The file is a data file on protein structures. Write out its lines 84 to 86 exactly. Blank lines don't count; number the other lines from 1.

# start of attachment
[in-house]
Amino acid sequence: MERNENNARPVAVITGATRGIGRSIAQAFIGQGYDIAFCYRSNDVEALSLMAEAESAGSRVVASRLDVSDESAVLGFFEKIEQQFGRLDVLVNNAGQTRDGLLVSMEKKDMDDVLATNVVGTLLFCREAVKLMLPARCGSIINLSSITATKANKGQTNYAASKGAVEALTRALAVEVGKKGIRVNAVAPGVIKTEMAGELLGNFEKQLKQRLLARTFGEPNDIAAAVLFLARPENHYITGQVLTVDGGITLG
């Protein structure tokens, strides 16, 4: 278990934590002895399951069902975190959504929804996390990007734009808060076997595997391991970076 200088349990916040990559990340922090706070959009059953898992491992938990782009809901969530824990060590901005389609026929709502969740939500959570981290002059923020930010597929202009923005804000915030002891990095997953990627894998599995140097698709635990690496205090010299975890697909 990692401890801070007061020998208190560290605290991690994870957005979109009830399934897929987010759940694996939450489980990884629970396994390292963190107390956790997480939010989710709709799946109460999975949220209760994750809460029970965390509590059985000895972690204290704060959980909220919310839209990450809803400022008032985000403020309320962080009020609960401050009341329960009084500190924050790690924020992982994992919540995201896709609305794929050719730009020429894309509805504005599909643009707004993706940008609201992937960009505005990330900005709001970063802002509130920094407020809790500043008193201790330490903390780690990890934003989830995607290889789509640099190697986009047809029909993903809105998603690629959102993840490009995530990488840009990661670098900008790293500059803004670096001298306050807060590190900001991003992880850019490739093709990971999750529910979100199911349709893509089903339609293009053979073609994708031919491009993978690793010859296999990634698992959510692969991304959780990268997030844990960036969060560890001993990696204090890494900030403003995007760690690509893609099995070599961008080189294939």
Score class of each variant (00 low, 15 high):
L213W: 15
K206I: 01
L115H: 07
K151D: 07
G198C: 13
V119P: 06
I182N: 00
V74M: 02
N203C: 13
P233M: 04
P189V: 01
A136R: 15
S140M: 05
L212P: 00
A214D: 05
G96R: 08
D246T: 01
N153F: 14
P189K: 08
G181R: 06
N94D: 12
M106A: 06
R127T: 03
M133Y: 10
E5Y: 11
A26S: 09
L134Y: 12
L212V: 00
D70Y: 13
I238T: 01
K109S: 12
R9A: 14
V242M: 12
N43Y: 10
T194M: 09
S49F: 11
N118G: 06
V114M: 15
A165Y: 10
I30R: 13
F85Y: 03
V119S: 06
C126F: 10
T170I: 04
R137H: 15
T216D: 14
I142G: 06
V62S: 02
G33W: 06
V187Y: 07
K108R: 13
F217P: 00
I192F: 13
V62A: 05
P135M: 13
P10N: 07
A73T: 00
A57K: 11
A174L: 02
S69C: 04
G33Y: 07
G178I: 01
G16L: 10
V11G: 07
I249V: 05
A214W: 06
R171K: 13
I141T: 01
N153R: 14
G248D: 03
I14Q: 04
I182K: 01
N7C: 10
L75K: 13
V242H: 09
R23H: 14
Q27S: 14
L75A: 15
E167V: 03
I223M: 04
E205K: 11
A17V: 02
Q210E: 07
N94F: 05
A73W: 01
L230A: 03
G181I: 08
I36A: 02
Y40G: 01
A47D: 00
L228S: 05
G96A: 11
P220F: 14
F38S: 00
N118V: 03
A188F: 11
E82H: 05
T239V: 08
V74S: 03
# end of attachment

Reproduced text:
I223M: 04
E205K: 11
A17V: 02